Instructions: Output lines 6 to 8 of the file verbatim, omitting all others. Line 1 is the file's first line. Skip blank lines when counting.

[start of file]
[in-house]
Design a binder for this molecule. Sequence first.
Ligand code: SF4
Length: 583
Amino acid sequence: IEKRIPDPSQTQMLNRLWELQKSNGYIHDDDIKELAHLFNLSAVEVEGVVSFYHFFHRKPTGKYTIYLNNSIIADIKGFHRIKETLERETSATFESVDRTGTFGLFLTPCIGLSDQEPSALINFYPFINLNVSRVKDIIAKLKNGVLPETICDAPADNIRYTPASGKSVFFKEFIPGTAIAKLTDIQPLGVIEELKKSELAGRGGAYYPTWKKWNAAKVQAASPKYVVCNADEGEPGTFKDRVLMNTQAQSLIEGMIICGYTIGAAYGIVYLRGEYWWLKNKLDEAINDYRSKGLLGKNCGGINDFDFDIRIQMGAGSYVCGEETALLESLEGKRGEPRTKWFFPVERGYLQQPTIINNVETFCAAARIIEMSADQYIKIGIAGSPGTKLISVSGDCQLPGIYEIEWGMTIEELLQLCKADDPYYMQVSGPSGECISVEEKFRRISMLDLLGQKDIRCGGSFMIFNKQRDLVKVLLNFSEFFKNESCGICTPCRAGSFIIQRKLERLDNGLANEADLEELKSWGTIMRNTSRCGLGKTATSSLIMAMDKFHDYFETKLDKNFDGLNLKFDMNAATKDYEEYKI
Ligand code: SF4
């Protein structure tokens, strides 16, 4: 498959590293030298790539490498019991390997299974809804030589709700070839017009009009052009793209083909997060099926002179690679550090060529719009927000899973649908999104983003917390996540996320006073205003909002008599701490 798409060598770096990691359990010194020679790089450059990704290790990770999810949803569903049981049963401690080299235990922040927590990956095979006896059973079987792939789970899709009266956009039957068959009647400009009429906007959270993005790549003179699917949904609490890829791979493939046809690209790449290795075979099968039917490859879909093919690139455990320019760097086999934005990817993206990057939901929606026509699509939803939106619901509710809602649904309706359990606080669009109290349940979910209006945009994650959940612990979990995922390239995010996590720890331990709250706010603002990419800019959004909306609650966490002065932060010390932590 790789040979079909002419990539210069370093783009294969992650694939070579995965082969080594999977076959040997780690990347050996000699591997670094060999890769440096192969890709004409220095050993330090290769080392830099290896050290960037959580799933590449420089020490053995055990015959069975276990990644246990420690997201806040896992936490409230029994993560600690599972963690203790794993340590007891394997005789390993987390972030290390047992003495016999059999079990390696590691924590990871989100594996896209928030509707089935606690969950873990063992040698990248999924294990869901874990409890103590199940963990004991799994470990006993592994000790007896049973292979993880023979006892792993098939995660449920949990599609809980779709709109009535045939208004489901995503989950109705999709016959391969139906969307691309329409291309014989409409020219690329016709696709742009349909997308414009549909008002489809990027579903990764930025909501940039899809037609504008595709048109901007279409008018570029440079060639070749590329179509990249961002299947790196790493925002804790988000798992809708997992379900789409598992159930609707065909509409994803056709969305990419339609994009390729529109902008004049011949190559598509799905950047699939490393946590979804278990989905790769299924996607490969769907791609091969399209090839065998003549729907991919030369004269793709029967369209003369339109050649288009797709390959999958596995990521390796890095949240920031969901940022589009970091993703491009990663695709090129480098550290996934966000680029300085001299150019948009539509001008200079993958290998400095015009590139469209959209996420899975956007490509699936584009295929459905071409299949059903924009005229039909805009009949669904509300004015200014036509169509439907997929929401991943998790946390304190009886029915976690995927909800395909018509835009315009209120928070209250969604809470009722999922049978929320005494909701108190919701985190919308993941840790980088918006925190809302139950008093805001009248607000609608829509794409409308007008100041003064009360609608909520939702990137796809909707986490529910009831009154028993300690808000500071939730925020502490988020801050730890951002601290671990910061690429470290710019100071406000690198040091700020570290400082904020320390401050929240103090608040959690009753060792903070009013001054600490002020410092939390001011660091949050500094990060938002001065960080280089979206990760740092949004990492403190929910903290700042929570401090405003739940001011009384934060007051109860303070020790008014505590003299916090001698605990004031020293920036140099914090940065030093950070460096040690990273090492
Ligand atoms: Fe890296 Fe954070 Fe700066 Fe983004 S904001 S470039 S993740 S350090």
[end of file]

Ligand code: SF4
């Protein structure tokens, strides 16, 4: 498959590293030298790539490498019991390997299974809804030589709700070839017009009009052009793209083909997060099926002179690679550090060529719009927000899973649908999104983003917390996540996320006073205003909002008599701490 798409060598770096990691359990010194020679790089450059990704290790990770999810949803569903049981049963401690080299235990922040927590990956095979006896059973079987792939789970899709009266956009039957068959009647400009009429906007959270993005790549003179699917949904609490890829791979493939046809690209790449290795075979099968039917490859879909093919690139455990320019760097086999934005990817993206990057939901929606026509699509939803939106619901509710809602649904309706359990606080669009109290349940979910209006945009994650959940612990979990995922390239995010996590720890331990709250706010603002990419800019959004909306609650966490002065932060010390932590 790789040979079909002419990539210069370093783009294969992650694939070579995965082969080594999977076959040997780690990347050996000699591997670094060999890769440096192969890709004409220095050993330090290769080392830099290896050290960037959580799933590449420089020490053995055990015959069975276990990644246990420690997201806040896992936490409230029994993560600690599972963690203790794993340590007891394997005789390993987390972030290390047992003495016999059999079990390696590691924590990871989100594996896209928030509707089935606690969950873990063992040698990248999924294990869901874990409890103590199940963990004991799994470990006993592994000790007896049973292979993880023979006892792993098939995660449920949990599609809980779709709109009535045939208004489901995503989950109705999709016959391969139906969307691309329409291309014989409409020219690329016709696709742009349909997308414009549909008002489809990027579903990764930025909501940039899809037609504008595709048109901007279409008018570029440079060639070749590329179509990249961002299947790196790493925002804790988000798992809708997992379900789409598992159930609707065909509409994803056709969305990419339609994009390729529109902008004049011949190559598509799905950047699939490393946590979804278990989905790769299924996607490969769907791609091969399209090839065998003549729907991919030369004269793709029967369209003369339109050649288009797709390959999958596995990521390796890095949240920031969901940022589009970091993703491009990663695709090129480098550290996934966000680029300085001299150019948009539509001008200079993958290998400095015009590139469209959209996420899975956007490509699936584009295929459905071409299949059903924009005229039909805009009949669904509300004015200014036509169509439907997929929401991943998790946390304190009886029915976690995927909800395909018509835009315009209120928070209250969604809470009722999922049978929320005494909701108190919701985190919308993941840790980088918006925190809302139950008093805001009248607000609608829509794409409308007008100041003064009360609608909520939702990137796809909707986490529910009831009154028993300690808000500071939730925020502490988020801050730890951002601290671990910061690429470290710019100071406000690198040091700020570290400082904020320390401050929240103090608040959690009753060792903070009013001054600490002020410092939390001011660091949050500094990060938002001065960080280089979206990760740092949004990492403190929910903290700042929570401090405003739940001011009384934060007051109860303070020790008014505590003299916090001698605990004031020293920036140099914090940065030093950070460096040690990273090492
Ligand atoms: Fe890296 Fe954070 Fe700066 Fe983004 S904001 S470039 S993740 S350090």